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Fix the Court Again Sues the Justice Department for Kavanaugh Files

Six weeks after FTC’s FOIA request, no Kavanaugh documents from the Office of Legal Policy have been produced

Fix the Court filed a complaint in federal court today to uncover records documenting Supreme Court nominee Brett Kavanaugh’s interactions with members of the Justice Department’s Office of Legal Policy (OLP) during the five-and-a-half years in which Kavanaugh worked in the George W. Bush White House. FTC also filed a motion for a preliminary injunction this afternoon to compel the prompt release of these files.

FTC has learned from earlier document requests and news reports that Kavanaugh often communicated with OLP staff about President Bush’s judicial nominees and near-nominees – including Jay Bybee, Charles Pickering, Bill Pryor and John Yoo – and about other controversial Bush administration policies, many of which are at issue in his confirmation hearings. FTC is again represented in this suit by American Oversight, a fellow nonpartisan watchdog group.

“Judge Kavanaugh’s involvement with the Justice Department in vetting President Bush’s judicial nominees and discussing policies like warrantless wiretapping can give the public insight into the type of nominee he is,” FTC executive director Gabe Roth said. “We’ve been told countless times by the National Archives, Bush designee Bill Burck and others that the public won’t see Kavanaugh’s complete file before senators vote on his confirmation. Nevertheless, and down to the wire, Fix the Court will work to obtain as much of that record as possible.”

“Even after three days of testimony, we’re left with more questions than answers about Judge Kavanaugh’s record,” American Oversight executive director Austin Evers added. “The Justice Department is continuing to withhold documents that could shine a crucial light on Kavanaugh’s work in the White House, and it is more urgent than ever that these files be released to the public.”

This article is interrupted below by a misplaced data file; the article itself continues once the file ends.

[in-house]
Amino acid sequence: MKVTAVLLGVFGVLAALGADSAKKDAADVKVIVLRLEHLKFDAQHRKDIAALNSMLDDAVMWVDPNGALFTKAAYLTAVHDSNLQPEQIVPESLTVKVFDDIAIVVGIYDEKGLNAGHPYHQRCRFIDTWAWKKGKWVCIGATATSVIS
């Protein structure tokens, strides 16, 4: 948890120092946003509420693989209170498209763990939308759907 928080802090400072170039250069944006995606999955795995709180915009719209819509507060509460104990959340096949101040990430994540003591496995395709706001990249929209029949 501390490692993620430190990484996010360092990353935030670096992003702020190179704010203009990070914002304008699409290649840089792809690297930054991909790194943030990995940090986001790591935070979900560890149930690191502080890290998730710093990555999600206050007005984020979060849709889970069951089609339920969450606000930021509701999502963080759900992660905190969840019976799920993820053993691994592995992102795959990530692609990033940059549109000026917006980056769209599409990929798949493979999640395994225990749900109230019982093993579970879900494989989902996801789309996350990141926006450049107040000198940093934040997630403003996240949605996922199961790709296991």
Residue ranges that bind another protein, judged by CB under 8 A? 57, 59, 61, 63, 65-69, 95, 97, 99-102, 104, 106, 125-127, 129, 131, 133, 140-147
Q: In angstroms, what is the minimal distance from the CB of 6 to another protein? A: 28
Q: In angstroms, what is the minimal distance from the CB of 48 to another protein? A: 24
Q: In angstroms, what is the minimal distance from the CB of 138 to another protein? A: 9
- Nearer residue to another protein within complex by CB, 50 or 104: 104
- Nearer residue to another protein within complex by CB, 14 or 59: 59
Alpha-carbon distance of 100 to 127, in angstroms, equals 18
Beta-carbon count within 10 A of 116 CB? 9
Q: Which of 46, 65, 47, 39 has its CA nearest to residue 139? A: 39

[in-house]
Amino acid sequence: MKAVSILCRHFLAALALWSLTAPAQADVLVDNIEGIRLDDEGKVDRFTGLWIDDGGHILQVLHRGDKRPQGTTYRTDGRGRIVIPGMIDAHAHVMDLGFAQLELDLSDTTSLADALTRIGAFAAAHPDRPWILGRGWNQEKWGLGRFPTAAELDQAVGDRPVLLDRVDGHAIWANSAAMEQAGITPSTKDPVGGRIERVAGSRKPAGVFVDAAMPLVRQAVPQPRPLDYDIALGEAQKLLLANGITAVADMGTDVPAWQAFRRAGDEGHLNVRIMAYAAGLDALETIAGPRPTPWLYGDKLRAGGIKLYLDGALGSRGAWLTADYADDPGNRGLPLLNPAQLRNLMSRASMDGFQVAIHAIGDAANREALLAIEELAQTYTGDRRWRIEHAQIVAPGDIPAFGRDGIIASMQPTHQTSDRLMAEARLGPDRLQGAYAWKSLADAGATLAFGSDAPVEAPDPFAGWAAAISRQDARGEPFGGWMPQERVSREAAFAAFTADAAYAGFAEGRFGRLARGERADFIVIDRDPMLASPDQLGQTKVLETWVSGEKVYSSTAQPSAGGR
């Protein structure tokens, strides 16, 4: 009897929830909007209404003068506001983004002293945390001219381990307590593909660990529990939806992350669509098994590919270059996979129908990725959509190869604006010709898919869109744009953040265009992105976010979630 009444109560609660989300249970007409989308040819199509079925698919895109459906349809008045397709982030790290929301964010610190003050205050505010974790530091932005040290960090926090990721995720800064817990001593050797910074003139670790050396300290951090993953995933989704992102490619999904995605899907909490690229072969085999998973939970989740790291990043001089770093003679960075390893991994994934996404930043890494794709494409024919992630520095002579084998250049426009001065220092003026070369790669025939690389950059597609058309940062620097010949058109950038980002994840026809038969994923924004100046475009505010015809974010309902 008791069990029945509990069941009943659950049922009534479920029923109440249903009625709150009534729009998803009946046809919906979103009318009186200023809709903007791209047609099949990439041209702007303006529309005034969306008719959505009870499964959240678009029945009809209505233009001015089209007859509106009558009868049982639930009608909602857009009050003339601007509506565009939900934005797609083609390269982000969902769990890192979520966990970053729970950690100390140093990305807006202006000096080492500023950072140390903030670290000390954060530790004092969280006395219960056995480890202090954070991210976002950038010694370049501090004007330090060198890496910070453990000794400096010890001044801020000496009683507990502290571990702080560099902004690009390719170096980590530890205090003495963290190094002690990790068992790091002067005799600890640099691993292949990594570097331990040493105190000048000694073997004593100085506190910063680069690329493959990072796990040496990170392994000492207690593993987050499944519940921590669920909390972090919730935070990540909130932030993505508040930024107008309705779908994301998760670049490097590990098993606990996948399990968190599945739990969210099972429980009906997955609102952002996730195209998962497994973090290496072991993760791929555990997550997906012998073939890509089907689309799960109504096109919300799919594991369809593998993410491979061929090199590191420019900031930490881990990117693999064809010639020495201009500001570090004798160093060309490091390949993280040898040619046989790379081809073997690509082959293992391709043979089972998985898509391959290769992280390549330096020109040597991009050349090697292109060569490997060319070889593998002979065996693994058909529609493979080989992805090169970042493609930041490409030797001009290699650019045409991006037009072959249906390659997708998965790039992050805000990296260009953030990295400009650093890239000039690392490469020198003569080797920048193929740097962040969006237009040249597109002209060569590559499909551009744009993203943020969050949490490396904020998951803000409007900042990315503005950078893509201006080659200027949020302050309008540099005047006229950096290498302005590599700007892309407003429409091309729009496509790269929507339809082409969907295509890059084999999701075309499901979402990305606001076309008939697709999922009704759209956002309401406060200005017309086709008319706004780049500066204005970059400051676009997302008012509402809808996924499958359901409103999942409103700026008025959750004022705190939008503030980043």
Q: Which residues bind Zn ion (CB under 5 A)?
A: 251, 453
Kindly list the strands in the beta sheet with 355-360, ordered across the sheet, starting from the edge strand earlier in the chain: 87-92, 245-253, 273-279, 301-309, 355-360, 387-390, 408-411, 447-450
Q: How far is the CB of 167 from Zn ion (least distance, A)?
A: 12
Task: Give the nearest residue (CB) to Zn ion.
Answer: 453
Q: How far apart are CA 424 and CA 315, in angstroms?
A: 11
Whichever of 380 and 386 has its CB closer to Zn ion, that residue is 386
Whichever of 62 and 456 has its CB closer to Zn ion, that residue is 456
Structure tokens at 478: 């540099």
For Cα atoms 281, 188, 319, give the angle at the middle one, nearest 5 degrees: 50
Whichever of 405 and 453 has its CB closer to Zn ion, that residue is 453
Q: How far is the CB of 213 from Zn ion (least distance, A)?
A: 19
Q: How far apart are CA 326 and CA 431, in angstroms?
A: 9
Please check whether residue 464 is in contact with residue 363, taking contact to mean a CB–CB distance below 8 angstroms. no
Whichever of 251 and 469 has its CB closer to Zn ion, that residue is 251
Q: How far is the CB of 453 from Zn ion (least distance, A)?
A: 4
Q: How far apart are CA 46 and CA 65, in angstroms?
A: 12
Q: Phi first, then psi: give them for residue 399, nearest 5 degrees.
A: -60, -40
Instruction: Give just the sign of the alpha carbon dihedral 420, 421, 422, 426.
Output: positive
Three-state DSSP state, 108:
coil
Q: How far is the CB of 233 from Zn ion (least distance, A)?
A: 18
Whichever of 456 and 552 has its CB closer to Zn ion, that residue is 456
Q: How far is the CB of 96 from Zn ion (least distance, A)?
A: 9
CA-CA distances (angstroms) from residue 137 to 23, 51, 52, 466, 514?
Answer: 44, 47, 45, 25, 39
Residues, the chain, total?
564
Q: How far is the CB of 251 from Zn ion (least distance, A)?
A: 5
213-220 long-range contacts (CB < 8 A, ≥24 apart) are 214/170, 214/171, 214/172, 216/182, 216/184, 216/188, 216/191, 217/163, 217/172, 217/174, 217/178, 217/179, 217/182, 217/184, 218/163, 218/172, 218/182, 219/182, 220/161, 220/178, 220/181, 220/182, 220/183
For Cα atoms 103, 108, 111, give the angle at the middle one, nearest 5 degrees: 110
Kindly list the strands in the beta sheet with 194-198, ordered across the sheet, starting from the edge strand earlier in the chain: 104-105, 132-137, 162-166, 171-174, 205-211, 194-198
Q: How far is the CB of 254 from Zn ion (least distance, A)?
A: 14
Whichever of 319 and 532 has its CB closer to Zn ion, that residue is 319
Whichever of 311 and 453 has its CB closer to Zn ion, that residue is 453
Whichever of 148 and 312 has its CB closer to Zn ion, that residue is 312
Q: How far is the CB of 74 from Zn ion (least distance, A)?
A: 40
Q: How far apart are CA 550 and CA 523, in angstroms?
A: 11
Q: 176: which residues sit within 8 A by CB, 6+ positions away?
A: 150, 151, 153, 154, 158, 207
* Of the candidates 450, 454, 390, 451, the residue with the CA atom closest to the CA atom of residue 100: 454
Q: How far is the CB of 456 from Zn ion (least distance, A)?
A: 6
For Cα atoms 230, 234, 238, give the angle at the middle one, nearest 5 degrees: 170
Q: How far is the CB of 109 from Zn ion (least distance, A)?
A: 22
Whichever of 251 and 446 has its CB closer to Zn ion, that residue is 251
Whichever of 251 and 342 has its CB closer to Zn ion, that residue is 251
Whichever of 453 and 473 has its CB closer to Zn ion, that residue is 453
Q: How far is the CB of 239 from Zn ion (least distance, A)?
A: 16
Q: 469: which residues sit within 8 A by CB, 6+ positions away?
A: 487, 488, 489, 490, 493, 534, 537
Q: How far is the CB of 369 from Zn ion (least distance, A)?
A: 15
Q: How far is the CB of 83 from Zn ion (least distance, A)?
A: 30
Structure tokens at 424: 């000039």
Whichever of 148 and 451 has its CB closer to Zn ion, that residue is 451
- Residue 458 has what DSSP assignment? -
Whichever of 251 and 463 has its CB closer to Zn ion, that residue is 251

FTC’s lawsuit was filed in the U.S. District Court for the District of Columbia and asks a federal judge to order the agency to comply with its July 24 request for “all correspondence sent by Office of Legal Policy personnel to Brett M. Kavanaugh and all correspondence sent by Brett M. Kavanaugh to Office of Legal Policy personnel from January 20, 2001, to May 30, 2006,” including memos and e-mails. Despite obtaining expedited processing from the agency on Aug. 3, FTC has yet to receive a single document from this request.

In addition to this suit, FTC also sued DOJ’s Office of Legal Counsel and the National Archives on July 10, 2018, over unfulfilled 2017 FOIAs to those agencies. Given the speed at which the Kavanaugh confirmation was proceeding, FTC then filed preliminary injunctions on July 16 to compel the prompt release of records ahead of his hearings.

In the following weeks, FTC agreed to expedited production schedules with those agencies. By August 20, the Archives had released all of Kavanaugh’s Office of Independent Counsel files located in College Park, even the most salacious ones, and by Sept. 14, DOJ is scheduled to release Kavanaugh’s OLC files that are not, in their estimation, subject to statutory FOIA exemptions. (The OLC files released to date are here, here and here.)

FTC’s FOIA request to the Bush Library remains pending, with one April 2018 estimate from a supervisory archivist stating that the request “may be completed in approximately 20 years.”

Last year, FTC was actively involved in the Justice Gorsuch nomination, compelling via lawsuit the production of more than 100,000 pages of his DOJ file ahead of his confirmation hearing.

About Fix the Court:
Fix the Court is a non-partisan grassroots organization created to take the Supreme Court to task for its lack of transparency and accountability and to push Chief Justice John Roberts and the court’s associate justices to enact basic yet critical reforms to make the court more open and honest. For more information on the reforms FTC is pursuing, click here.

About American Oversight:
American Oversight is a non-partisan, nonprofit ethics watchdog committed to holding the Trump administration accountable. Through public records requests and litigation, American Oversight identifies and extracts evidence of corruption, misconduct, or conflicts of interest in the administration. Follow us at @weareoversight and learn more at

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